Understanding God’s Love and the Sin that changed the World
ATTENTION: You are reading the introductory chapter in a blog to book series about Genesis (God in the Garden). If you are interested in learning when the book will be released or discussing anything said in these posts, please reach out through the contact page.
Who I am
First off, I am not a theologian or a scholar. I’m not the pastor of a large congregation or a well-known Christian author. I am not even that smart. In school, I was a below-average student. I don’t have any prestigious degrees. My most significant achievement was getting a BA in media studies. Which I would argue is worse than no degree at all. All it shows is that I was foolish enough to spend money on a degree in media studies. Does anyone even really know what that is? I have one, and I’m not even really sure.
I am just your ordinary everyday person. Over the past several years, I’ve operated a couple of small video production businesses and wrote some fiction for fun, but nothing incredibly successful. There is nothing extraordinary or unique about me. But the one thing I have going for me is God. He can use simple, ordinary, little people to do incredible things.
So, why am I writing this?
Because there is a fundamental misunderstanding about God in our world, I know about it because I believed it once. I grew up in a Christian home, but God was nothing more than a badge to me. As far back as I can remember, I struggled with Christianity’s precepts.
How could I worship a God that seemed so unfair? A God that cast into hell those that refused to believe in Jesus even if they were good people. I wanted to believe. I wanted to, but I could never get past this one hurdle. The idea that many of my friends at school would end up in hell simply because they didn’t believe a certain way was troubling.
How could I believe in something that seemed so unjust and unloving? How could I worship that? So, for most of my life, I went through the motions. I called myself a Christian because I grew up in a Christian home, but Jesus was never at the center of my life. It was never foundational. I wore my Christianity like a badge or treated it like I was in a special club, but it was never anything more than that. I didn’t have a personal relationship, and it didn’t affect my heart any different than those who never knew Jesus.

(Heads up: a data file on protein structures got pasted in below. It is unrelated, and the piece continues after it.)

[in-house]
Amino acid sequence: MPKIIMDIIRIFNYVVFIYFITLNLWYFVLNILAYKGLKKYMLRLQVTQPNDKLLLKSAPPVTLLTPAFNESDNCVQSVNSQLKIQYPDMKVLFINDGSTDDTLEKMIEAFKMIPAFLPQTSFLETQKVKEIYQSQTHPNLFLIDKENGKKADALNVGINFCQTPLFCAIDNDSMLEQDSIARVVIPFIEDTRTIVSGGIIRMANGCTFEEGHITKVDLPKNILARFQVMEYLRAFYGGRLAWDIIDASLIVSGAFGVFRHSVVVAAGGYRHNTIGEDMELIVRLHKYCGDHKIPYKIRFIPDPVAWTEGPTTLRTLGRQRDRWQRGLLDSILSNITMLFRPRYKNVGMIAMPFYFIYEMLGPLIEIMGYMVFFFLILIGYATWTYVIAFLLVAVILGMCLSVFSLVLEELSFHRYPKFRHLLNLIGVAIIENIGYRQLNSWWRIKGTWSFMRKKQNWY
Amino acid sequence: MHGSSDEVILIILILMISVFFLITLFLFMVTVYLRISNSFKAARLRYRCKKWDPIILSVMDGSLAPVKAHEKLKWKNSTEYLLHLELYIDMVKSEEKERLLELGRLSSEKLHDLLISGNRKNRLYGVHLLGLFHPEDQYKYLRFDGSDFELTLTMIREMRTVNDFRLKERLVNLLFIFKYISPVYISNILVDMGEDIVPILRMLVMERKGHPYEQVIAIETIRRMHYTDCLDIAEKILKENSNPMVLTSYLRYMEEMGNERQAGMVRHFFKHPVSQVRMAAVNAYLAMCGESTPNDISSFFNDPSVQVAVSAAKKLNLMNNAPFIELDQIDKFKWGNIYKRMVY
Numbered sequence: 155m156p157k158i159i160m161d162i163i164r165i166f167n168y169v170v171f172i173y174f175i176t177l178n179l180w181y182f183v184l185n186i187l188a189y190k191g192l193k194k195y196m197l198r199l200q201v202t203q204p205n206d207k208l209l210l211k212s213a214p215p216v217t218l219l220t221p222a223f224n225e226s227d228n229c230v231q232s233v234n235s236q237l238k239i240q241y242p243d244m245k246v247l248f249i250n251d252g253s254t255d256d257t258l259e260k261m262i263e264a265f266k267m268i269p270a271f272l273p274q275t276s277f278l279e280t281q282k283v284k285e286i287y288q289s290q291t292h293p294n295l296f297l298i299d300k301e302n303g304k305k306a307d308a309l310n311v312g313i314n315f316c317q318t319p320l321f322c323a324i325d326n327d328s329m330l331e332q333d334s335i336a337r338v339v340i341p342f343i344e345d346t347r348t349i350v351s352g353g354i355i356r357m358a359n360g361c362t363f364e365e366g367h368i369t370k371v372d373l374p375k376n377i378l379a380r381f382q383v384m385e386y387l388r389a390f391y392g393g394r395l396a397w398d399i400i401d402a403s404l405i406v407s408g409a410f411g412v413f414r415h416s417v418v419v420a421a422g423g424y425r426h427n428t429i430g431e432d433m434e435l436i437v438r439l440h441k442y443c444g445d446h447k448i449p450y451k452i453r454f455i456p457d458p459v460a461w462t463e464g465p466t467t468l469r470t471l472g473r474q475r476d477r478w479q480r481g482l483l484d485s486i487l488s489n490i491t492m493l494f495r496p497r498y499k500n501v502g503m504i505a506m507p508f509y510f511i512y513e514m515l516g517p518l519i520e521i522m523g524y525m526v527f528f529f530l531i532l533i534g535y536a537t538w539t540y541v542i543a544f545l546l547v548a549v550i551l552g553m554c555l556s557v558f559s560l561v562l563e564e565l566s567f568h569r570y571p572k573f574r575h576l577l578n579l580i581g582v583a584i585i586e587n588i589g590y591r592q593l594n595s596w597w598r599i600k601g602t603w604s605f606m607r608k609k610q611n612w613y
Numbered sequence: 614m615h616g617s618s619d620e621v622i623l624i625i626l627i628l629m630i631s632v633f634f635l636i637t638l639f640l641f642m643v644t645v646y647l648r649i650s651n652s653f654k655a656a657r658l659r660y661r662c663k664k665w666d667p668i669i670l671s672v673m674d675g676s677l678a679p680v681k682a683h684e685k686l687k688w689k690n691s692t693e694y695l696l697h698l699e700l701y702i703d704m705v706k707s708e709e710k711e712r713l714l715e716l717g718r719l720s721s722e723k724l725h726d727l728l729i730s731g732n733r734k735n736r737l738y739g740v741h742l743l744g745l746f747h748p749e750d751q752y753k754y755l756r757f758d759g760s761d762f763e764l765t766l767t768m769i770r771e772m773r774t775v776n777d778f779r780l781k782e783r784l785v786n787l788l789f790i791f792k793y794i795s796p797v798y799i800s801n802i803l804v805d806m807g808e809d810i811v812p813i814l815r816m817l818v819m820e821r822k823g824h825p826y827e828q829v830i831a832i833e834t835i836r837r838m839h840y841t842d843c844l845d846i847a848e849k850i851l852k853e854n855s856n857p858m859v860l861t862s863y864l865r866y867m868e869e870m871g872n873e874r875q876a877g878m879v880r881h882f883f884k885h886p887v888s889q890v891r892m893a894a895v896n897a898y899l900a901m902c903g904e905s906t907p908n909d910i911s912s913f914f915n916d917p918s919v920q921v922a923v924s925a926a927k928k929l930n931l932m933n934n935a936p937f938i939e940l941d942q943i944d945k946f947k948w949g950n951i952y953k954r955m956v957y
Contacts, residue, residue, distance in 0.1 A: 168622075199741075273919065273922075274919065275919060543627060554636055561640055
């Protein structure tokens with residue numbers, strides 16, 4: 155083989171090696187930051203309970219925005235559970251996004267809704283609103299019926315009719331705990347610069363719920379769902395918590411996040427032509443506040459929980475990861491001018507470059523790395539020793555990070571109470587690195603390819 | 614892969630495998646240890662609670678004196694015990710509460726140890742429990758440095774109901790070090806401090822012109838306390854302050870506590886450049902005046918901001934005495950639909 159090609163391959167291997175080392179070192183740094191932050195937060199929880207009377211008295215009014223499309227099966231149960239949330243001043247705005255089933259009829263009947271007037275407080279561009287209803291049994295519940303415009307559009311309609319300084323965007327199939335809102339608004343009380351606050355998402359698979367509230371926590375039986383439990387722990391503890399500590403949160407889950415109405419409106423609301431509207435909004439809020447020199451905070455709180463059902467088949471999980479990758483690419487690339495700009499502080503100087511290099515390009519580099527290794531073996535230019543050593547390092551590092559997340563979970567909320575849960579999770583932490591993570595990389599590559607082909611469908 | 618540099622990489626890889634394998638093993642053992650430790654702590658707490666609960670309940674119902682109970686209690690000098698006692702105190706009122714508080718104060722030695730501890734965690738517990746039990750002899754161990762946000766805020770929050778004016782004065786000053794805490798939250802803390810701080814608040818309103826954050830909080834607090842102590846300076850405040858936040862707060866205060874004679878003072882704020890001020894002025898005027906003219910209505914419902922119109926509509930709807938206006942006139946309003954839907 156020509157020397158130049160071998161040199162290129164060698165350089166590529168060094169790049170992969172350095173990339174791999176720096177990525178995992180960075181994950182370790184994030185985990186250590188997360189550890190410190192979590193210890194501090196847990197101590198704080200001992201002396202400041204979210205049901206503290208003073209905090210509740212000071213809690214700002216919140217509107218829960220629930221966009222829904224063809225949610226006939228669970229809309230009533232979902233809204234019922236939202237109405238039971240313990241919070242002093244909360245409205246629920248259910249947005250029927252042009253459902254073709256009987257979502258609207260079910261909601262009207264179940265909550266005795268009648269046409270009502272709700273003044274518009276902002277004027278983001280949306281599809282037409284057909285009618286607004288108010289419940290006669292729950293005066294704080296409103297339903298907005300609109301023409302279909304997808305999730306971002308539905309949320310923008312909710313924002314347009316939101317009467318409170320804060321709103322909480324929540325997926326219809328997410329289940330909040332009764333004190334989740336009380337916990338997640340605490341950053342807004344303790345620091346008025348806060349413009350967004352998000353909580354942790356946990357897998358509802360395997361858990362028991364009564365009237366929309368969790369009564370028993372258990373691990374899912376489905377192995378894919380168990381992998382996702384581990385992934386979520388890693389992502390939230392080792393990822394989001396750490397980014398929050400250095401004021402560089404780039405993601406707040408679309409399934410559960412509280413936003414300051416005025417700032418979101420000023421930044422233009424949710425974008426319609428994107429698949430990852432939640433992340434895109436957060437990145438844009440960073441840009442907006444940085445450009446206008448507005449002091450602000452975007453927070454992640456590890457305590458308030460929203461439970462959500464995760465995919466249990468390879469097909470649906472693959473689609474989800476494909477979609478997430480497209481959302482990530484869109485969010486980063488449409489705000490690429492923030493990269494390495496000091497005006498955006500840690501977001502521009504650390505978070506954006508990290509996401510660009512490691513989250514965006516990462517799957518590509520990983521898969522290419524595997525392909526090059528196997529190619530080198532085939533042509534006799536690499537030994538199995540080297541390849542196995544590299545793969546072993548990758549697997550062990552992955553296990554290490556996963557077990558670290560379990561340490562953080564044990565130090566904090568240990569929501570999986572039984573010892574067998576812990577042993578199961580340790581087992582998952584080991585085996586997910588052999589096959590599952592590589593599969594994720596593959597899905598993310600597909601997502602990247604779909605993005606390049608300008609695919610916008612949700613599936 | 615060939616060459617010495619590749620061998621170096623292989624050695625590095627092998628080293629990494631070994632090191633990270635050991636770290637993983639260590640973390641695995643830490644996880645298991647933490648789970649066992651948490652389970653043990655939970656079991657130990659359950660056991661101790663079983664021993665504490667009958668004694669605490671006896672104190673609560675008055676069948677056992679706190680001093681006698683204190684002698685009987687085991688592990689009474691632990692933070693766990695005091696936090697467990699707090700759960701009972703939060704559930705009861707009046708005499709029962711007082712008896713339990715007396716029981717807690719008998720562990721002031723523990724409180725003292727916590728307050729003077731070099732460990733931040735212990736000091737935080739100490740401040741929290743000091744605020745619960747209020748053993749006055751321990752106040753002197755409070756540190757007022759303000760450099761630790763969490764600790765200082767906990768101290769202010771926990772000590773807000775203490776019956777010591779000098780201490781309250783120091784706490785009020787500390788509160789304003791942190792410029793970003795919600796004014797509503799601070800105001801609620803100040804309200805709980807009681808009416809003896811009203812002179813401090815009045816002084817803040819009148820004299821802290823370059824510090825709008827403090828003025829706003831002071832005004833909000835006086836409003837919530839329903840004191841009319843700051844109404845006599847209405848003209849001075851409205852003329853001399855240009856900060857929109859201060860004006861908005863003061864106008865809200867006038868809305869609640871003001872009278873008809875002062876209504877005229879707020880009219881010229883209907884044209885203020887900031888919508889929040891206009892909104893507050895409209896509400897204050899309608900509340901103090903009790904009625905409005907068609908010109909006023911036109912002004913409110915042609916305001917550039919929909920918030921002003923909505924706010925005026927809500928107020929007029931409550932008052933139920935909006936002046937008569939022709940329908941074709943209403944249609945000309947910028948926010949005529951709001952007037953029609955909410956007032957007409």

When I went off to college, I felt like someone caught in between two different worlds. At times my nonchristian friends would attack God and the authenticity of the Bible. They would ask how a loving God could do such terrible things (kill or curse people)?
I didn’t have real answers. I could see things from their perspective but simultaneously tried to defend God with what I learned in Sunday school (while butchering it). I was a fool trying to defend something I didn’t believe in, simply because I had Catholic guilt about it. My attempts to explain it were futile and probably did more harm than good. However, I still couldn’t allow myself to participate in their mockery of God. Not because I didn’t want to betray God, but because I couldn’t betray my family (more importantly, my deceased mom).
It was in this environment that framed my young adult life. Then in my mid 20’s, I somehow ended up marrying a born-again Christian. Just as I had done with my parents, I went through the motions. I said the right things and put on the show, going to church and everything.
I figured if I had done it for this long, I could do it until the day that I was dead. I could even pass on this imaginary God to our kids one day and leave them the same problem. It was the least I could do for my mom and my new wife. Yet, I struggled. I struggled with many things, as we all do throughout our lives. There was a darkness inside me that I couldn’t seem to escape.